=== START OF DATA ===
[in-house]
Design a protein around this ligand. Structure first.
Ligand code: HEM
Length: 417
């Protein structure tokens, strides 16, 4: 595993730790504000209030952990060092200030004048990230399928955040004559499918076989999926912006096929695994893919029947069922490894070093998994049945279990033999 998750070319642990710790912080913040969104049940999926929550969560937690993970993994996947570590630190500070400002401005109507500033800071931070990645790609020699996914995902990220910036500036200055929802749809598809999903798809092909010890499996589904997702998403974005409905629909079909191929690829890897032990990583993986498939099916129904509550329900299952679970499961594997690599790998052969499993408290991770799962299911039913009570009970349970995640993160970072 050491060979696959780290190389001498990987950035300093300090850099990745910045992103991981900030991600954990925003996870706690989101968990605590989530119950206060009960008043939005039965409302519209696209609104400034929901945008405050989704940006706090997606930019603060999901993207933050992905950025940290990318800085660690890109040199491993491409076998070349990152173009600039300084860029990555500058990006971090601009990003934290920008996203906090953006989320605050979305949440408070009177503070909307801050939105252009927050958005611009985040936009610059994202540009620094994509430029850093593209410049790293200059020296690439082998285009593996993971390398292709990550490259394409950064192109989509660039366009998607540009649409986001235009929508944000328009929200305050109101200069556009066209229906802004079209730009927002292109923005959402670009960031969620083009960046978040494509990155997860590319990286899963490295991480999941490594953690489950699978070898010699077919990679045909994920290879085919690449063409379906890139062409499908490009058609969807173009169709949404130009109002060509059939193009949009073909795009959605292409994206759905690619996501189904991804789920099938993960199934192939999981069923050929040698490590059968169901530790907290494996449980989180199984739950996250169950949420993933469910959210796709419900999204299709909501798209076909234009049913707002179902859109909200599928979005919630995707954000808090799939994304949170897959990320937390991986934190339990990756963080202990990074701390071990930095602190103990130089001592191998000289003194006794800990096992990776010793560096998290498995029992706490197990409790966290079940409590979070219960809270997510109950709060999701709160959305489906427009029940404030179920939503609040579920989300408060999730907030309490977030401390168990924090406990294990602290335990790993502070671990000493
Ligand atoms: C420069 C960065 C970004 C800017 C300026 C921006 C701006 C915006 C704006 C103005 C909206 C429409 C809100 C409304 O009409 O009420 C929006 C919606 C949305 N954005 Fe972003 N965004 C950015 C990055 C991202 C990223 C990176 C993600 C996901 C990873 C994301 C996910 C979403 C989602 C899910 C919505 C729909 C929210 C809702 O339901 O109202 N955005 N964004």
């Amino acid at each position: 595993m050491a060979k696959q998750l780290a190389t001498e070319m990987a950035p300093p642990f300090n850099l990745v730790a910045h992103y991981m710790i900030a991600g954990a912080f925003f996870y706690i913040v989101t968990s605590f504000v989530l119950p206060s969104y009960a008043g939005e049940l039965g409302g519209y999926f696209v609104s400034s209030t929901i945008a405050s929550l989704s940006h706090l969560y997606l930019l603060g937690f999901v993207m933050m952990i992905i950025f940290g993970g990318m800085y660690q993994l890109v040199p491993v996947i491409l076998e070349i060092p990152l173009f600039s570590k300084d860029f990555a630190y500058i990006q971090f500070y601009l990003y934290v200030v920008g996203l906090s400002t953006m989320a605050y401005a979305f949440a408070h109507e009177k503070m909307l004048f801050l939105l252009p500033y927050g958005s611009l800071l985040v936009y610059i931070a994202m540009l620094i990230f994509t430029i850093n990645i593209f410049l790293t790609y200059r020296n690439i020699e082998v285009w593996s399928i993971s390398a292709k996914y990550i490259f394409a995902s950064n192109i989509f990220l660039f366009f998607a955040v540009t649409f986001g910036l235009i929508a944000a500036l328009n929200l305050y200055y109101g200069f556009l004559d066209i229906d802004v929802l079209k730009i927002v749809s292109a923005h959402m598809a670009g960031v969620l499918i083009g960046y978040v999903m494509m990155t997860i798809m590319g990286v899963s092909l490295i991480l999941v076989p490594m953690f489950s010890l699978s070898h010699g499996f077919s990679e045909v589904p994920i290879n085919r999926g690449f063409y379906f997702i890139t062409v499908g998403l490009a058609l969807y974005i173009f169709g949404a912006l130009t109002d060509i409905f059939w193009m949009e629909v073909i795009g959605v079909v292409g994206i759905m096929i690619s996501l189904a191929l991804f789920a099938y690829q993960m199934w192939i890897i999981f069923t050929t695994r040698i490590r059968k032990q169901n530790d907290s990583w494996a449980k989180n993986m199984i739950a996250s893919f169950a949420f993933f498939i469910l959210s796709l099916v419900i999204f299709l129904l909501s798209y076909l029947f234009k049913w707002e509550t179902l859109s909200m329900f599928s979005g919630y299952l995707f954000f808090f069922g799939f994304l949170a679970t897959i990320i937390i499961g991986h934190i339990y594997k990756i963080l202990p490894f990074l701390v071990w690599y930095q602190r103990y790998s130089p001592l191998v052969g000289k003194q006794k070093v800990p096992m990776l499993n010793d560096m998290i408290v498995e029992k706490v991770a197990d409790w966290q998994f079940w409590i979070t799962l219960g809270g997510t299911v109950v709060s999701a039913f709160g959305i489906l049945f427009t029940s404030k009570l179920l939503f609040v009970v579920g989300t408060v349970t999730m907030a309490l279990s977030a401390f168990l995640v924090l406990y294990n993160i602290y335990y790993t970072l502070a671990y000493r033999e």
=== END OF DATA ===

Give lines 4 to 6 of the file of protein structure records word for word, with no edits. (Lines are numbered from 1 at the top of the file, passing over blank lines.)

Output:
Length: 417
């Protein structure tokens, strides 16, 4: 595993730790504000209030952990060092200030004048990230399928955040004559499918076989999926912006096929695994893919029947069922490894070093998994049945279990033999 998750070319642990710790912080913040969104049940999926929550969560937690993970993994996947570590630190500070400002401005109507500033800071931070990645790609020699996914995902990220910036500036200055929802749809598809999903798809092909010890499996589904997702998403974005409905629909079909191929690829890897032990990583993986498939099916129904509550329900299952679970499961594997690599790998052969499993408290991770799962299911039913009570009970349970995640993160970072 050491060979696959780290190389001498990987950035300093300090850099990745910045992103991981900030991600954990925003996870706690989101968990605590989530119950206060009960008043939005039965409302519209696209609104400034929901945008405050989704940006706090997606930019603060999901993207933050992905950025940290990318800085660690890109040199491993491409076998070349990152173009600039300084860029990555500058990006971090601009990003934290920008996203906090953006989320605050979305949440408070009177503070909307801050939105252009927050958005611009985040936009610059994202540009620094994509430029850093593209410049790293200059020296690439082998285009593996993971390398292709990550490259394409950064192109989509660039366009998607540009649409986001235009929508944000328009929200305050109101200069556009066209229906802004079209730009927002292109923005959402670009960031969620083009960046978040494509990155997860590319990286899963490295991480999941490594953690489950699978070898010699077919990679045909994920290879085919690449063409379906890139062409499908490009058609969807173009169709949404130009109002060509059939193009949009073909795009959605292409994206759905690619996501189904991804789920099938993960199934192939999981069923050929040698490590059968169901530790907290494996449980989180199984739950996250169950949420993933469910959210796709419900999204299709909501798209076909234009049913707002179902859109909200599928979005919630995707954000808090799939994304949170897959990320937390991986934190339990990756963080202990990074701390071990930095602190103990130089001592191998000289003194006794800990096992990776010793560096998290498995029992706490197990409790966290079940409590979070219960809270997510109950709060999701709160959305489906427009029940404030179920939503609040579920989300408060999730907030309490977030401390168990924090406990294990602290335990790993502070671990000493
Ligand atoms: C420069 C960065 C970004 C800017 C300026 C921006 C701006 C915006 C704006 C103005 C909206 C429409 C809100 C409304 O009409 O009420 C929006 C919606 C949305 N954005 Fe972003 N965004 C950015 C990055 C991202 C990223 C990176 C993600 C996901 C990873 C994301 C996910 C979403 C989602 C899910 C919505 C729909 C929210 C809702 O339901 O109202 N955005 N964004």